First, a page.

Dendrimers “are a relatively new class of compounds that hold the potential to be safe and effective microbicides.” — Rupp, Rosenthal and Stanberry, 2007

In the case of HIV, I am believed to bind to gp120 proteins on the surface of the virus. Gp120 is essential for virus entry into your (human) cells — it docks to specific receptors, the CD4 receptor, on your cells and acts as a key to the lock of cell entry.

“the United States Food and Drug Administration (FDA) granted VivaGel™ Fast Track status in January 2006 for the prevention of HIV indication (Starpharma 2006a).” — Rupp, Rosenthal and Stanberry, 2007
I look something like this. Image credit M. stone at en.wikipedia.

How do I work?

I am a highly charged — in the electric way — nanoparticle. I belong to a class of compounds known as polyanions — we are highly negatively charged, and thus attracted to positively charged chemicals or receptors (because opposites attract, right?) including positively charged parts of HIV’s Gp120 surface protein. When I bind to or surround HIV’s Gp120 with my negatively charged self, the virus particle has a hard time binding to your (also) negatively charged cells.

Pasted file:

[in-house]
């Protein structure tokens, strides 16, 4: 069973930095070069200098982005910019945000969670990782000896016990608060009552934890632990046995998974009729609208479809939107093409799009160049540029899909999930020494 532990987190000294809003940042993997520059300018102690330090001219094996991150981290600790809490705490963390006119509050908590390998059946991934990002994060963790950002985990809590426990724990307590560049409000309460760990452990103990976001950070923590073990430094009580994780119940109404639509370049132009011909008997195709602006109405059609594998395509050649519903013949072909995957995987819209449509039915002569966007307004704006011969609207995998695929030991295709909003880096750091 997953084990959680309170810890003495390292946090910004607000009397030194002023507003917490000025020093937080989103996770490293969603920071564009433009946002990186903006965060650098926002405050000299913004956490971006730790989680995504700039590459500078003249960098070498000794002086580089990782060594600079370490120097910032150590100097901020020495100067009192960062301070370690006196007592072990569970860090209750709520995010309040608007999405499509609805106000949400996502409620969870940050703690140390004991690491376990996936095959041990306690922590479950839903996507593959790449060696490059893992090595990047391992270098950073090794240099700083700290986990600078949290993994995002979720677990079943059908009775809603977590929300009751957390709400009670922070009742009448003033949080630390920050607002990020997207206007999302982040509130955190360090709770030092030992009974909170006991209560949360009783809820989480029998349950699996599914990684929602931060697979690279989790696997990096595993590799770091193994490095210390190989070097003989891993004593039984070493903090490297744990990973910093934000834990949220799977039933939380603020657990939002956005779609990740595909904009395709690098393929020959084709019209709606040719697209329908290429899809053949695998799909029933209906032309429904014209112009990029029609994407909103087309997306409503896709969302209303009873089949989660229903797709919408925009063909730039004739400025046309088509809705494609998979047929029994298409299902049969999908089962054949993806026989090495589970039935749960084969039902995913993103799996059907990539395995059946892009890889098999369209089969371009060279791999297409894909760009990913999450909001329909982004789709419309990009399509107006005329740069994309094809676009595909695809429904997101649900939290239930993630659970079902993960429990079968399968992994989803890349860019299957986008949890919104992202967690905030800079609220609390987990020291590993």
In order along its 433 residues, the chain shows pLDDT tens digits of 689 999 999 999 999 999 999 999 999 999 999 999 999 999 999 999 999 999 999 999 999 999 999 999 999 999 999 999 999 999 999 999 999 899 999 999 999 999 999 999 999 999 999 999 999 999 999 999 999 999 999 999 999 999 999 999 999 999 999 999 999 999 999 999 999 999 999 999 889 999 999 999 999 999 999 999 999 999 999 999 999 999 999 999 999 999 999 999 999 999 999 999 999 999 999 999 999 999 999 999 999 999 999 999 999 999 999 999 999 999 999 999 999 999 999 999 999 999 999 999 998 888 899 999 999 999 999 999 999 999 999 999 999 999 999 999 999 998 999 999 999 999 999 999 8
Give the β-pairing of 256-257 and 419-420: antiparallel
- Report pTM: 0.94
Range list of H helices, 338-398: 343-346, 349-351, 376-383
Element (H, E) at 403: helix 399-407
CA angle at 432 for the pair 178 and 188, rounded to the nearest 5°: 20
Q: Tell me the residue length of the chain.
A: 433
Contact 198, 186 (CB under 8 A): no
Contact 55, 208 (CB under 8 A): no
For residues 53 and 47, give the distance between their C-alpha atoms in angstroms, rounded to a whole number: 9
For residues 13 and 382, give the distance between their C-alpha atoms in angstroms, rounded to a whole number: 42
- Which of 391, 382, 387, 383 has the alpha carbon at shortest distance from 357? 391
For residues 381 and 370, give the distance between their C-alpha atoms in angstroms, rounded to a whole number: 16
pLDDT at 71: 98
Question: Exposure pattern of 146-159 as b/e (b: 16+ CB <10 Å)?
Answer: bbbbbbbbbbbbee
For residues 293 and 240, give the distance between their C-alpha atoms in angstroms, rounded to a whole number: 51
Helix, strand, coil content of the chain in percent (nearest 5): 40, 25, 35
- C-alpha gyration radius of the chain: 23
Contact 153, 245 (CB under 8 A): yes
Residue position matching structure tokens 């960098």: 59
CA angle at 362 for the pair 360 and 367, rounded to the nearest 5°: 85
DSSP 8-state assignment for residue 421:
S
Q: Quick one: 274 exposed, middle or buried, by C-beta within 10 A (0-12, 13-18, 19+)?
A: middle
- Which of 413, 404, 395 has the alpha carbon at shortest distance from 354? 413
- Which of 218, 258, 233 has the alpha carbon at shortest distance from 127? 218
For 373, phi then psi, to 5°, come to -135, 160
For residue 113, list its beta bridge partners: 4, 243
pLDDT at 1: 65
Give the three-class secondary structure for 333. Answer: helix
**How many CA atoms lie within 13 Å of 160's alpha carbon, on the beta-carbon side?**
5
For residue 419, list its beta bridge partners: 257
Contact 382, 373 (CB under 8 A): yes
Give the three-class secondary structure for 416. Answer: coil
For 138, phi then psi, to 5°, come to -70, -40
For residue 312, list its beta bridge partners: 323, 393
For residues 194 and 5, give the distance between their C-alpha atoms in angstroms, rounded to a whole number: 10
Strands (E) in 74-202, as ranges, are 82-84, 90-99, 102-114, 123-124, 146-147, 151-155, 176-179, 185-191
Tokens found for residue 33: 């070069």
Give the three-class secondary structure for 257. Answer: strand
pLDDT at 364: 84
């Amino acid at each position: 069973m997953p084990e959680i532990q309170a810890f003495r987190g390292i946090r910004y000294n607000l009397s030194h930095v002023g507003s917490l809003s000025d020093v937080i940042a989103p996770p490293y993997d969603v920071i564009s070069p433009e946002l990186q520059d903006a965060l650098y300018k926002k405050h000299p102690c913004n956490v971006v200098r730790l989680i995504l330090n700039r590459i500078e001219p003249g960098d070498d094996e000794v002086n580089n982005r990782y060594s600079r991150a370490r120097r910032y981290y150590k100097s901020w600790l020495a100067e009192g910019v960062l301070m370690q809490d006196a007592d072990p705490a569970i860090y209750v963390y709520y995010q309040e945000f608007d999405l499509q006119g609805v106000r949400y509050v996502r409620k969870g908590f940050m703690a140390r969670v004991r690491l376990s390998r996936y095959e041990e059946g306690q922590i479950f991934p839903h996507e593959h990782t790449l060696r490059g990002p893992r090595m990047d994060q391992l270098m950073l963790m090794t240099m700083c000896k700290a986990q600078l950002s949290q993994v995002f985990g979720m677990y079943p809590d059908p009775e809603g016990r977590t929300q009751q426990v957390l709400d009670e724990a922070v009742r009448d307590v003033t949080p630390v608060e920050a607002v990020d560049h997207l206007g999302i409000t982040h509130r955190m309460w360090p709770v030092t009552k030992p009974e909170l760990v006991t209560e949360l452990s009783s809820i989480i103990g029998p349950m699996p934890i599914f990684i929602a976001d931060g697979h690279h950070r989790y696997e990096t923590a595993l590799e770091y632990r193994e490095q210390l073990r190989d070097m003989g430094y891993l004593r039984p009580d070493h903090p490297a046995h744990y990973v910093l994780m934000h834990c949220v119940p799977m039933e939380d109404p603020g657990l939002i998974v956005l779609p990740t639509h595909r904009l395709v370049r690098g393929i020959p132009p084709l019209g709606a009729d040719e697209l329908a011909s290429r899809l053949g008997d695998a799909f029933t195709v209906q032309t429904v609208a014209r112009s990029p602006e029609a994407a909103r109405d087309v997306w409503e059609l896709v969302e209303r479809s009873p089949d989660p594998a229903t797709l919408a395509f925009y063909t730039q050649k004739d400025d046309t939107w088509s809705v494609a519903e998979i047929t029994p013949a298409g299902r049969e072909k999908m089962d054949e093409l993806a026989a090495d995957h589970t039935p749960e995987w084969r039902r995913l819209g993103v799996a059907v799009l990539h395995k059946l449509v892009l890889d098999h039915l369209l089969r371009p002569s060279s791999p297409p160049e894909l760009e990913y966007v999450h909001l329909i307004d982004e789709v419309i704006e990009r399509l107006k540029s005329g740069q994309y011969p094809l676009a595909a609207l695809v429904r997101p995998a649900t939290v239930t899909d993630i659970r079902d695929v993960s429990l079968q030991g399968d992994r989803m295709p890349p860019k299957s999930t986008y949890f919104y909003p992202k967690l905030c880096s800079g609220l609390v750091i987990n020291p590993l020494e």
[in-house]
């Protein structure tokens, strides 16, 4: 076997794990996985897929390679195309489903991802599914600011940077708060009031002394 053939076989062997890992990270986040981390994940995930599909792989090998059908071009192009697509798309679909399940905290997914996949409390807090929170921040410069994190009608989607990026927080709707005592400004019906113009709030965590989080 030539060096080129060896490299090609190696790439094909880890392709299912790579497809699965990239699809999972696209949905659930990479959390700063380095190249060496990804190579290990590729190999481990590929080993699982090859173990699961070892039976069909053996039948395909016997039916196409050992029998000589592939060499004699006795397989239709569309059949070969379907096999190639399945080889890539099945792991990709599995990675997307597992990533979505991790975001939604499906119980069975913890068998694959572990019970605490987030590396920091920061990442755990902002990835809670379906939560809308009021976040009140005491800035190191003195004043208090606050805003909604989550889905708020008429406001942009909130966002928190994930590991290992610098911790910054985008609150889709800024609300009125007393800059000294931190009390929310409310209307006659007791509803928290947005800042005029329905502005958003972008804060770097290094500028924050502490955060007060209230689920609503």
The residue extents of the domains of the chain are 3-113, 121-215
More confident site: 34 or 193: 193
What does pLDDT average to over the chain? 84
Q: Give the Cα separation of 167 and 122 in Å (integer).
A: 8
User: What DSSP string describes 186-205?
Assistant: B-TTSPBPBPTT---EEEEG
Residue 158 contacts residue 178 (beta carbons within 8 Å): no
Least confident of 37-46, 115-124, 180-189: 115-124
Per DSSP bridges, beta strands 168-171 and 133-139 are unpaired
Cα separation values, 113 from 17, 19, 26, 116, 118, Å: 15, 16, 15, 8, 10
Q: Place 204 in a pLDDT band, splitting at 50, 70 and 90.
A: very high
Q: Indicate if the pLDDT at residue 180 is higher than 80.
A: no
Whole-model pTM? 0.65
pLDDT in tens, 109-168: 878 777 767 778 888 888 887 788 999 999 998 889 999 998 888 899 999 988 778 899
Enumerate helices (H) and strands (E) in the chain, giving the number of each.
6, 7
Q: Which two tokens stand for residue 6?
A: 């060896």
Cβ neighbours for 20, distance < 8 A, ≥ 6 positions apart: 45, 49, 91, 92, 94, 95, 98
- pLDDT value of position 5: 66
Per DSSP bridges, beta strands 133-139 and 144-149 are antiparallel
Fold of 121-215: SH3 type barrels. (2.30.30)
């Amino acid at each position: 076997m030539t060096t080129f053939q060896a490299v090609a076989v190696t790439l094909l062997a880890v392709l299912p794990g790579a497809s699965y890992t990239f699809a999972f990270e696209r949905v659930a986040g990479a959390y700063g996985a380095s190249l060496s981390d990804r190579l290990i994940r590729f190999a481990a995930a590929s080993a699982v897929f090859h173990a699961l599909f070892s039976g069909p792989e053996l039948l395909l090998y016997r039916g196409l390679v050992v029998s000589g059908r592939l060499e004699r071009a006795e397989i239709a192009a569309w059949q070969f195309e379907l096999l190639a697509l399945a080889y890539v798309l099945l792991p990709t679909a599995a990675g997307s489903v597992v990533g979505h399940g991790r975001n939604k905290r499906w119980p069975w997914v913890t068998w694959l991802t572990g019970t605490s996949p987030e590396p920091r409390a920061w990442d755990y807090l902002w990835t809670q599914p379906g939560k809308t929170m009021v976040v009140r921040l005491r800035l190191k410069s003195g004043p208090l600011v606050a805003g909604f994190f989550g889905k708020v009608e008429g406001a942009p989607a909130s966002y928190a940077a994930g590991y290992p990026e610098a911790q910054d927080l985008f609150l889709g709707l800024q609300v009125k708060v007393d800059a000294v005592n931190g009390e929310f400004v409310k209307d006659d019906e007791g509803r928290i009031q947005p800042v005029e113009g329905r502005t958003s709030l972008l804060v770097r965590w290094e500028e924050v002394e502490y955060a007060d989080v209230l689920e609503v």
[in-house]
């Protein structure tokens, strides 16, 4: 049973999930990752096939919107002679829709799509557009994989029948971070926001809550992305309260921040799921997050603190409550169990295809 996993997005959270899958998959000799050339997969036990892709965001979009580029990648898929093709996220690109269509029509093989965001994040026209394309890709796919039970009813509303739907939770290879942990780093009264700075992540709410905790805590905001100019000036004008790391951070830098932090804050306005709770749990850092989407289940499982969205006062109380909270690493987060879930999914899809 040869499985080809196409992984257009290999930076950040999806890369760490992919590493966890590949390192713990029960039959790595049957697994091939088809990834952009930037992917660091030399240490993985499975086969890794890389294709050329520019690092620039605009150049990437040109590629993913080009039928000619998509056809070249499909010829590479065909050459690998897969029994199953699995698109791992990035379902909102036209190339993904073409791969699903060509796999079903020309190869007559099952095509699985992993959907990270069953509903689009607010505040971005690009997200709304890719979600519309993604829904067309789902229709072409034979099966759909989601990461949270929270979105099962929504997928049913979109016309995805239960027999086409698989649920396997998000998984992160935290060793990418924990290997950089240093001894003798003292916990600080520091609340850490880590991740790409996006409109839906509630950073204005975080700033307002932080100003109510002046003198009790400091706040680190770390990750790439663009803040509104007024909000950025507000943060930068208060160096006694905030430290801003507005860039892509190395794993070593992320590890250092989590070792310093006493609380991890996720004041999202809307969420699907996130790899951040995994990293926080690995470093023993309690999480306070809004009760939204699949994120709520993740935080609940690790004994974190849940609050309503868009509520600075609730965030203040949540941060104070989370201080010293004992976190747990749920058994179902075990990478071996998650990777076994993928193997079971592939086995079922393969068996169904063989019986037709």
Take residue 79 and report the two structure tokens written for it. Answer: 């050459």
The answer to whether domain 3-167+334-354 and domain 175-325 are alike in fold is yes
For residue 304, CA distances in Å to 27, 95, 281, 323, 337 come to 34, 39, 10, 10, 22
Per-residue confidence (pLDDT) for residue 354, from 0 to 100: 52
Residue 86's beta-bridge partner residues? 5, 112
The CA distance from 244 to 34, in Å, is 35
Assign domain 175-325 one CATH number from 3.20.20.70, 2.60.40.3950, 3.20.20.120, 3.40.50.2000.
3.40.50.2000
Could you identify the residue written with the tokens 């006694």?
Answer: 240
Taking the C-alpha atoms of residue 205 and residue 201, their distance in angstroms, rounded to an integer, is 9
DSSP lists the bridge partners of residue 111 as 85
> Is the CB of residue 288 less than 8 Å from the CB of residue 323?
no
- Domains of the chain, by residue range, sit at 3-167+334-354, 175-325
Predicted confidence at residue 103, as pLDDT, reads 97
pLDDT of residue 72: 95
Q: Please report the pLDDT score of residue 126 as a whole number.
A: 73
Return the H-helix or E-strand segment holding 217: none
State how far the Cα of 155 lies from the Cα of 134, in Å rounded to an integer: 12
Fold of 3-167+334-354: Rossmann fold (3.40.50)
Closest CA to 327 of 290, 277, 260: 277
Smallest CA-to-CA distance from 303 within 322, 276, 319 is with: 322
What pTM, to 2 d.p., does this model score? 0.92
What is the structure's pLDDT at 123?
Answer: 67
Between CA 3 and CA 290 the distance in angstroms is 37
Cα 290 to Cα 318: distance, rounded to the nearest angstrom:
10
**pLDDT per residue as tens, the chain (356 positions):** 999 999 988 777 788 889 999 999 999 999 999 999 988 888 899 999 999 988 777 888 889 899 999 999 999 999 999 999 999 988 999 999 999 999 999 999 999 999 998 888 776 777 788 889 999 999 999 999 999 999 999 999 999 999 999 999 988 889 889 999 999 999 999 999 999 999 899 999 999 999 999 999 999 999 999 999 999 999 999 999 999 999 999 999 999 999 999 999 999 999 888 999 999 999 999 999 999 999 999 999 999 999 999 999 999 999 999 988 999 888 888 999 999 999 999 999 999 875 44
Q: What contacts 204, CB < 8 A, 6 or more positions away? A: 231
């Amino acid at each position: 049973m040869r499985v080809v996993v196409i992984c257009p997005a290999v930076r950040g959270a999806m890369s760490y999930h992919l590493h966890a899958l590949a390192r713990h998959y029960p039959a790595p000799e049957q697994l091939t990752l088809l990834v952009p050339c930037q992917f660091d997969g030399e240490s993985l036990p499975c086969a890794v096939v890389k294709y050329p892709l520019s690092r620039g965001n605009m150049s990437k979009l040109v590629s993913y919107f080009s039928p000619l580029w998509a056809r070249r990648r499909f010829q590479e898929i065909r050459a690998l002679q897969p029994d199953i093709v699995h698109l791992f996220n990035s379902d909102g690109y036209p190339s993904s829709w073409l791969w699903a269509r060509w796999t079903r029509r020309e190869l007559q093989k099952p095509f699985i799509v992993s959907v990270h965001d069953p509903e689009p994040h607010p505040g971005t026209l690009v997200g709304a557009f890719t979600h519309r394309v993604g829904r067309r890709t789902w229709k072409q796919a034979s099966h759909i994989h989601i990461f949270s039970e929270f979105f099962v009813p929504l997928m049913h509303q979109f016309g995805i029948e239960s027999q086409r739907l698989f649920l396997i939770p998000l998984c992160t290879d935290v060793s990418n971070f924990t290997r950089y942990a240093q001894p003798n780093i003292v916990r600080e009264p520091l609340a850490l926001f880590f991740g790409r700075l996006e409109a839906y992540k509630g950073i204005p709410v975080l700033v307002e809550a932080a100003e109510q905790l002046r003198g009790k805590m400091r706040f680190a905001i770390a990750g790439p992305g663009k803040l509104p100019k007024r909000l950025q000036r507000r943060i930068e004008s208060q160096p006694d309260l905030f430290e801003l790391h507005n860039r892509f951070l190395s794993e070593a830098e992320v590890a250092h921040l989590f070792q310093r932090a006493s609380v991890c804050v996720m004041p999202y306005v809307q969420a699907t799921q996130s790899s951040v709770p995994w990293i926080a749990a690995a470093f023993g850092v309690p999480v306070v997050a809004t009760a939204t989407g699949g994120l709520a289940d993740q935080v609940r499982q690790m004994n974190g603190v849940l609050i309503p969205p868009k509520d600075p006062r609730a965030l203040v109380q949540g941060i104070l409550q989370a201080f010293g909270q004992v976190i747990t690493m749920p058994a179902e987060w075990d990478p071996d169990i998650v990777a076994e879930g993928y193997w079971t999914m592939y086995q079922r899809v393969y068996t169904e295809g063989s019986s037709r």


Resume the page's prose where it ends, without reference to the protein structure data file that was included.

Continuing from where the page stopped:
My chemistry is a bit more complicated than that, but that’s a simple picture. I prevent virus particles from fusing with your human cells and sending their foreign DNA or RNA where it doesn’t below. I don’t kill HIV, but I’m good at preventing HIV and other viruses from docking into receptors on your cells and making their way inside.

I suppose you could say I blind the HIV particles when I’m around in sufficient numbers? Or I make your cells invisible to the virus?

Can viruses become resistant to me?

I’m not an antibiotic, so I won’t create traditional bacterial resistance to me as some readers have feared in comments online.

In 2005, several researchers showed that I could prevent the herpes simplex virus (HSV) from entering cells, and that I could also prevent the virus from reproducing itself by blocking the formation of new virus DNA. The good news is that over time, I remained just as good at preventing the virus from entering cells prior to infection (African green monkey kidney cells, to be exact). The bad news is that some types of the virus became resistant to my efforts to thwart synthesis of their DNA.

Sneaky viruses — they are always mutating.